Boom! – you’ve done it! Months and months, or possibly even years, of good choices, changed habits and a healthier lifestyle, then one day you realise you’re finally where you set out to be. You’ve lost weight, changed your shape and size. You’ve arrived!
But now what? You’ve reached your goal. What’s next?
If you’ve spent any time on the internet, reading health and fitness magazines or watching TV, you’d be forgiven for being a little worried about what comes next … it’s what the diet industry likes to call ‘the maintenance phase’, and the world is telling you it’s hard – really hard.
“The Real Weight Loss Battle: Keeping It Off”
“Maintaining Weight Loss – Why Is It So Hard?”
“Biggest Loser Study Proves Permanent Weight Loss is Impossible!”
So where to from here? After all, this goal of yours was a huge motivator – you had a target, something to work towards and something to achieve. Now you’ve crossed the line, what do you do next?
- Do I keep trying to lose more weight?
- Do I keep doing what I’m doing?
- Can I just relax now and get back to the way I used to live?
Just for a minute let’s say you’ve been given a swanky new sports car. I’m not talking about a drive-off-the-lot family sedan here; I’m talking about a full-blown performance-tuned sports car. What’s the first thing you want to do? Take it for a spin, right? See how fast it can go, how well it handles – you know, see what it’s capable of.
Maybe cars aren’t your thing, maybe it’s a new top-of-the-line ‘something’ you’ve always wanted. Now imagine your new body is that new something. Aren’t you just a little curious about what you’re capable of? Don’t you want to take it for a ‘test drive’?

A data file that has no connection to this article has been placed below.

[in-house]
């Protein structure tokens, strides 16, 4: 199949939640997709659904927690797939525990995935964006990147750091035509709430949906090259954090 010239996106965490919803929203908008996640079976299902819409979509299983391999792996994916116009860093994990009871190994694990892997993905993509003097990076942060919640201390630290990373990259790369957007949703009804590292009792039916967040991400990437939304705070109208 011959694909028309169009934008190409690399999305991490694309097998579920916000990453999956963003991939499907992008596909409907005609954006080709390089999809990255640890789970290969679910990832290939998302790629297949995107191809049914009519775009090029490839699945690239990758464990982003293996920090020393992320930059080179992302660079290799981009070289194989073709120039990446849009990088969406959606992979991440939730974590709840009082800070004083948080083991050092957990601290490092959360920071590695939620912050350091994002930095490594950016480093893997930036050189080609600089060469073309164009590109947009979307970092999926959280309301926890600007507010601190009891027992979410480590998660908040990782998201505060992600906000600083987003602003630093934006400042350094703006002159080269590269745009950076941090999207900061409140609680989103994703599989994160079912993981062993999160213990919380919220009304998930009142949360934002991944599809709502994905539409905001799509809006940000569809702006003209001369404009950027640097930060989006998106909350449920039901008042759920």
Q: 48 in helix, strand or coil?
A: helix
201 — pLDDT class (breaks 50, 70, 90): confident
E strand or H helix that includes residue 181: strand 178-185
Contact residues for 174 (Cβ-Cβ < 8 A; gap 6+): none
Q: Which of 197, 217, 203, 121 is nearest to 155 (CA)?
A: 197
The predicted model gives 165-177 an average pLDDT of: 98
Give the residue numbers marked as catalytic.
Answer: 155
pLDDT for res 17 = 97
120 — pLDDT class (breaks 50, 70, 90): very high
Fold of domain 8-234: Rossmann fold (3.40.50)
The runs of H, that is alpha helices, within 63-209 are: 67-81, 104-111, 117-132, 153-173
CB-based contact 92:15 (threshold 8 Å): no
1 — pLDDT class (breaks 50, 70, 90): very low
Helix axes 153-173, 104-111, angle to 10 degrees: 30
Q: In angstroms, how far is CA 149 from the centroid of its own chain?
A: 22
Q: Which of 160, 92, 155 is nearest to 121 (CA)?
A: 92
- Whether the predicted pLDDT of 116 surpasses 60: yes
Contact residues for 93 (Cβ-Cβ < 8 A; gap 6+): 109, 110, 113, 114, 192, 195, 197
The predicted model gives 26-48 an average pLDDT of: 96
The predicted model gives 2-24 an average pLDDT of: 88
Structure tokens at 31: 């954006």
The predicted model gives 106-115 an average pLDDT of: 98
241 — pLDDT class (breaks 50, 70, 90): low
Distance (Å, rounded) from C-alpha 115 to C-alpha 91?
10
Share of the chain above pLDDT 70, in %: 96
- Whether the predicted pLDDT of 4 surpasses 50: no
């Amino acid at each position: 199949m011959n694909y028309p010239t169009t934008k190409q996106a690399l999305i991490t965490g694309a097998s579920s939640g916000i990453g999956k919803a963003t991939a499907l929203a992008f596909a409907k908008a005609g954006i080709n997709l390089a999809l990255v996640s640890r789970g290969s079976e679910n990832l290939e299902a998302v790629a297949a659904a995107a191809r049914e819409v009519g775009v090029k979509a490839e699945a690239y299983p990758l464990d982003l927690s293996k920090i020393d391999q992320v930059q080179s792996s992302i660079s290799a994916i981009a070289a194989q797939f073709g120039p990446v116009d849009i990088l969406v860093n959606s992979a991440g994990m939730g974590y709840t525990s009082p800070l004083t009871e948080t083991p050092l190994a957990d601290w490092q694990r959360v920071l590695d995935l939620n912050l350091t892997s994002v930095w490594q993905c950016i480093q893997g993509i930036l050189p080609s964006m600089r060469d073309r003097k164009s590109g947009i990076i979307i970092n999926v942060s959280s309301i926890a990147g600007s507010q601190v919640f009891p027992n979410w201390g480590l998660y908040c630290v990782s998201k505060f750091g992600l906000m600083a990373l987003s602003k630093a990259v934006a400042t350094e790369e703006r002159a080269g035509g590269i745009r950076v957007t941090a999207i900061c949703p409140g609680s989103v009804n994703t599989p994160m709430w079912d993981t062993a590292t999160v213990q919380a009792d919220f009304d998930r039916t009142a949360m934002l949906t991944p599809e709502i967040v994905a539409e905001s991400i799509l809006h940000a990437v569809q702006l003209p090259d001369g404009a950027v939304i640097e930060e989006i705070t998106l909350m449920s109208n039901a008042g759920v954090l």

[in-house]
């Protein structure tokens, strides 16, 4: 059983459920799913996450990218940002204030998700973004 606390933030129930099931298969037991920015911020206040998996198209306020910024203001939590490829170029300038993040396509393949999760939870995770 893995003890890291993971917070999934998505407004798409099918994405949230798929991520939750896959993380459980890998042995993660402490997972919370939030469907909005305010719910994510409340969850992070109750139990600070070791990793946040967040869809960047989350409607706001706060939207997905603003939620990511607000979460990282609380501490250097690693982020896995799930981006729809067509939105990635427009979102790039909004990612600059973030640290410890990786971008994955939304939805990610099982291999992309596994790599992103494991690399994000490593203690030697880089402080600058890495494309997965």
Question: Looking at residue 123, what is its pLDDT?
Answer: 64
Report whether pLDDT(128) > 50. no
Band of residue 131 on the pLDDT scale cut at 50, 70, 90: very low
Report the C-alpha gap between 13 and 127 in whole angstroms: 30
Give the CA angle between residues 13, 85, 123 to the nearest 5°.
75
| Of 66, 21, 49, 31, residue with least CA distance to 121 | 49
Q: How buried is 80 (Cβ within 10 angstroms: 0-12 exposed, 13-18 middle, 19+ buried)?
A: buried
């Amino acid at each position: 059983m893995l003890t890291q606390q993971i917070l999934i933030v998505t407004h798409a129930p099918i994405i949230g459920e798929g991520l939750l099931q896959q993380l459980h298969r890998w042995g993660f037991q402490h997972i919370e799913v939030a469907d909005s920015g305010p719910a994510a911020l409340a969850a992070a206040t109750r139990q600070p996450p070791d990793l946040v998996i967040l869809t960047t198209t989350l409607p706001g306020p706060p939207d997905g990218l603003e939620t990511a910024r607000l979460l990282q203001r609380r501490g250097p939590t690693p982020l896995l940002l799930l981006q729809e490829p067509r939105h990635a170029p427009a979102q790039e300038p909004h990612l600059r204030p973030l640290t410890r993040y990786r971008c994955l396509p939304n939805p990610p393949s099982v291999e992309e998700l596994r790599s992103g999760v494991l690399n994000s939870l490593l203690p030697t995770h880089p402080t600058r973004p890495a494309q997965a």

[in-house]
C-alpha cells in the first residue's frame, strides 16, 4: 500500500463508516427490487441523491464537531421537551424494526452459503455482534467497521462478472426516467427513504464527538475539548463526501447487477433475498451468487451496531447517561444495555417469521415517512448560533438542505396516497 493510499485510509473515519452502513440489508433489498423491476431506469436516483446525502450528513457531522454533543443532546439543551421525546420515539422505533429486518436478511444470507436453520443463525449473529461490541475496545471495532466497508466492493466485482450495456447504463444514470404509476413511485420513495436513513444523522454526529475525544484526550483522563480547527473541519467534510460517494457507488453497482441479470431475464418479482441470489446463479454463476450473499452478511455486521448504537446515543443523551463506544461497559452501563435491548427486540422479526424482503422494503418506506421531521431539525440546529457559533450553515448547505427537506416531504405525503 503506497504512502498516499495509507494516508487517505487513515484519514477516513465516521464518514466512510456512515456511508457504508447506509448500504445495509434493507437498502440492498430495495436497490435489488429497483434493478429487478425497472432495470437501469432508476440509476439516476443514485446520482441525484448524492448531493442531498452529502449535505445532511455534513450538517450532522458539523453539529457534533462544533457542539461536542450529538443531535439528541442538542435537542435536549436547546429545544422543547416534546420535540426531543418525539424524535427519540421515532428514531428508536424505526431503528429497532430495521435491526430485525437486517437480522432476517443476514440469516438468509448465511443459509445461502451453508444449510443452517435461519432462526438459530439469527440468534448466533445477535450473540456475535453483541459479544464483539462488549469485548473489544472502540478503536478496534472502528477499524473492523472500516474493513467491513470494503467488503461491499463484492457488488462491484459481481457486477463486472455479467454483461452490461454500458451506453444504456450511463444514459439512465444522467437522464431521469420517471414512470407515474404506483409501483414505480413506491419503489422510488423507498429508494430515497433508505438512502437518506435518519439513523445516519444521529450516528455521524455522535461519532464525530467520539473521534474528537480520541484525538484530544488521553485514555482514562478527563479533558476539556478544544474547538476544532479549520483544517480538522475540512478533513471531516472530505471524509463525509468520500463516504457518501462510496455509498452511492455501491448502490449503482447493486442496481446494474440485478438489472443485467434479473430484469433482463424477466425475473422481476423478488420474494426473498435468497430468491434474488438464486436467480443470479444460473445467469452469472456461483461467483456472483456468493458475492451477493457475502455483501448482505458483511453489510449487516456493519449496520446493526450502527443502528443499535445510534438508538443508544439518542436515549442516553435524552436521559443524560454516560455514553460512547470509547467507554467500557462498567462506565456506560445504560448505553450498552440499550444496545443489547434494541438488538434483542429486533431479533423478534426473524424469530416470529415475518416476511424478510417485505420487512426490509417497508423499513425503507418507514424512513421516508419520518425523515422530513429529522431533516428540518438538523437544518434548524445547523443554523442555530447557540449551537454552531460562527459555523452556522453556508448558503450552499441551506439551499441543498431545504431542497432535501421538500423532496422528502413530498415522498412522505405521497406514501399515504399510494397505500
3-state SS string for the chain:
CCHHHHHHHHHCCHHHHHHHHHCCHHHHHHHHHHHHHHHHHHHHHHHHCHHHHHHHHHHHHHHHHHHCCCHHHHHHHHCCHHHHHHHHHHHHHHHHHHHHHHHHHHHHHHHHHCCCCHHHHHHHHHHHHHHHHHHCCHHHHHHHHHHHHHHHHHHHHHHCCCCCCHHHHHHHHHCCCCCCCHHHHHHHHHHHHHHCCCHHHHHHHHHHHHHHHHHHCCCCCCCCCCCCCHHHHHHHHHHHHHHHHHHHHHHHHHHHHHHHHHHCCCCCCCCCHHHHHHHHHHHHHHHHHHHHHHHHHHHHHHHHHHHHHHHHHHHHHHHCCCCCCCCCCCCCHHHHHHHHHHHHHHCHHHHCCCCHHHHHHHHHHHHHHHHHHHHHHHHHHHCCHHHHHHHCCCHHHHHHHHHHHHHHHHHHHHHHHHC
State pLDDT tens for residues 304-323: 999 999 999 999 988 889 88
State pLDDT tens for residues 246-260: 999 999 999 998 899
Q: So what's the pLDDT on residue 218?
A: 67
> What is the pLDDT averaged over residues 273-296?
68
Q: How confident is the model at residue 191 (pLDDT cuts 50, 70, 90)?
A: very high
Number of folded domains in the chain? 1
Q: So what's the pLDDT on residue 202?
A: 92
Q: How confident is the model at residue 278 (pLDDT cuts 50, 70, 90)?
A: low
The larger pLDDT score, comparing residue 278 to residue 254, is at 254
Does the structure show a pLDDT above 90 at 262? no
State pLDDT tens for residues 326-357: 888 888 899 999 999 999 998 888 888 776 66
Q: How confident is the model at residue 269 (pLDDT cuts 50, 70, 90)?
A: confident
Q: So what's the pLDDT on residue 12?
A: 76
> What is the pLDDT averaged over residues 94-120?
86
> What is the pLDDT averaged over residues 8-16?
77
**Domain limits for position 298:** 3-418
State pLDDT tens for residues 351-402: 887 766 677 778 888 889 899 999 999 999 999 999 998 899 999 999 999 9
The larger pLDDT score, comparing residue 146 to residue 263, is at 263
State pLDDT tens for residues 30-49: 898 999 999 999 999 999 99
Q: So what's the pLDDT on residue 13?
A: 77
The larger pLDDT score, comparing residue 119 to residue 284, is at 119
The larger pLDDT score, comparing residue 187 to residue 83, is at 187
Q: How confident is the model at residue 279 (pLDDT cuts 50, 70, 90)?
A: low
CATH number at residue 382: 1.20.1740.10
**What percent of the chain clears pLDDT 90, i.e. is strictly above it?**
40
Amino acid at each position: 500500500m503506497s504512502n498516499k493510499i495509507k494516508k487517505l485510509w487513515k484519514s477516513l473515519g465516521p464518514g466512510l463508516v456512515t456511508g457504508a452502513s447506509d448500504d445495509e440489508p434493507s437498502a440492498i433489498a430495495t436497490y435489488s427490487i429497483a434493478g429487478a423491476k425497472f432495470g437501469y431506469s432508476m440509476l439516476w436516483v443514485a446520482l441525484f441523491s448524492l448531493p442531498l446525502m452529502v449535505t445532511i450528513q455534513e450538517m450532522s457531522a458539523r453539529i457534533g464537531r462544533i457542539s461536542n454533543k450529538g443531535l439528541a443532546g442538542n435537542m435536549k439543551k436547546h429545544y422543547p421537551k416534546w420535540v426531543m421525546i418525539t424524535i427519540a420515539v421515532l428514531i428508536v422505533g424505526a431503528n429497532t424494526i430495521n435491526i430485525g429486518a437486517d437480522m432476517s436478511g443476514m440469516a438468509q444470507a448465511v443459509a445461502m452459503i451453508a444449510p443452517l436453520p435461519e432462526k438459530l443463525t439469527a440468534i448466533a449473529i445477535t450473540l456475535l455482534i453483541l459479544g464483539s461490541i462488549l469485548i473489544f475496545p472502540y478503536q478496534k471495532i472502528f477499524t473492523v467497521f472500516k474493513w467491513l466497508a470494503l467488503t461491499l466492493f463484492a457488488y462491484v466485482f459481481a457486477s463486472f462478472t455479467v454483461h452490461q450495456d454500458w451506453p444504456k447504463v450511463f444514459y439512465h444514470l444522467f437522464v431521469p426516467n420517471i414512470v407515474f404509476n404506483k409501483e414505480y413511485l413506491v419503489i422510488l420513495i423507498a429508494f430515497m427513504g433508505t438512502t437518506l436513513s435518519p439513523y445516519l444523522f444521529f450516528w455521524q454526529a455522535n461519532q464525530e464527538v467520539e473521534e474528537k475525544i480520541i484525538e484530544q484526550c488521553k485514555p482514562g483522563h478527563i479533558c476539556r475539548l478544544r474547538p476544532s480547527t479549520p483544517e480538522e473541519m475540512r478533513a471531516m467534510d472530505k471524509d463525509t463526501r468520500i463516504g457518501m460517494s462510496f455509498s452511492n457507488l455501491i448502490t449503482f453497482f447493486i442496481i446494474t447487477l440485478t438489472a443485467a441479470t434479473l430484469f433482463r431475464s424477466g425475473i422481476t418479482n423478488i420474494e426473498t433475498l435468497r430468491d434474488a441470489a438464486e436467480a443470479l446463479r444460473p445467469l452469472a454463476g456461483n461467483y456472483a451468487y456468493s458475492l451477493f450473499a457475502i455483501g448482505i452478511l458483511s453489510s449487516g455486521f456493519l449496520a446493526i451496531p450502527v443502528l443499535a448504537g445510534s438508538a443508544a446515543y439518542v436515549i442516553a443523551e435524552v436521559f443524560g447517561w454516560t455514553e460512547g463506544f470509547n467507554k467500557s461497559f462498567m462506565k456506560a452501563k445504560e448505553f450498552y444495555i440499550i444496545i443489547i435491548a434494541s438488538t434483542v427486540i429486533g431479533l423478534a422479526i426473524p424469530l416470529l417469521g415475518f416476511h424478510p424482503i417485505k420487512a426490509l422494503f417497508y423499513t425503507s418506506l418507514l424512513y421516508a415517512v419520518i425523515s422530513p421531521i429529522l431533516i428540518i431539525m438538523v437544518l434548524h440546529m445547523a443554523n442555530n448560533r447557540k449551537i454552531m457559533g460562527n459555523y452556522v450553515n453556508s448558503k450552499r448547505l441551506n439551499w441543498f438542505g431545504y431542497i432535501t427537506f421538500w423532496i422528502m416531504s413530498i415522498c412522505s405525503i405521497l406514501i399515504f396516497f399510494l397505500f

My point with this is that you can’t just stop. Permanent weight loss requires permanent change, and maintaining that weight loss can’t be simply a ‘phase’. That’s a dieting mindset, and we already know diets don’t work.
Remember all those alarming headlines I mentioned before? They’re born out of changes people didn’t, or couldn’t, maintain.
If you’ve already lost weight and you’re wondering what’s next, the answer might just be that you need to shift your focus. Forget about weight loss and forget about trying to maintain the status quo. Ignore the so-called ‘maintenance phase’ and start thinking about improvement. Let’s see what this new body of yours is capable of. Start setting yourself performance-based goals.
When you shift your focus to performance-based goals you give yourself an infinite number of new challenges. See, there’s a finite amount of weight any of us can lose but there will always be a new performance-based challenge you can set for yourself.
Examples of performance-based goals
Strength: Our bodies are continuously adapting to the environment we place them in. If we do nothing, we lose muscle mass, we get weaker and our health deteriorates. When we get stronger, we get healthier. So work on improving your strength and find new ways to progress.
Speed: Has walking or running been part of your weight loss success? Consider setting yourself some speed-based targets, or maybe start training to run or walk your first 5k/10k/25k. If your usual walk or run is easier than it used to be, it’s a good sign you’re ready to kick things up a notch.
Sports: There’s a good chance you grew up playing some form of sport. Ever thought about getting back out amongst the action? Or maybe trying an entirely new sport? Sports are a great way to improve speed, strength and agility. The learning curve might be steep when you’re getting started, but really this just creates countless opportunities for improvement.
Flexibility: Exercises like yoga and Pilates can be heavily stereotyped but there’s no denying the benefits they bring to your overall health, from improved flexibility and balance to increased strength and range of motion.
You might have already lost weight but that doesn’t mean you’re done. Remember, healthy doesn’t come with an end date, so forget about maintenance and fall in love with progress.
This blog is the opinion and experiences of its author and should not be taken as medical or dietetic advice. Healthy Food Guide has not verified the content and cannot endorse any advice given. Healthy Food Guide recommends seeking professional health advice for specific complaints or symptoms, or before undertaking a weight-loss program.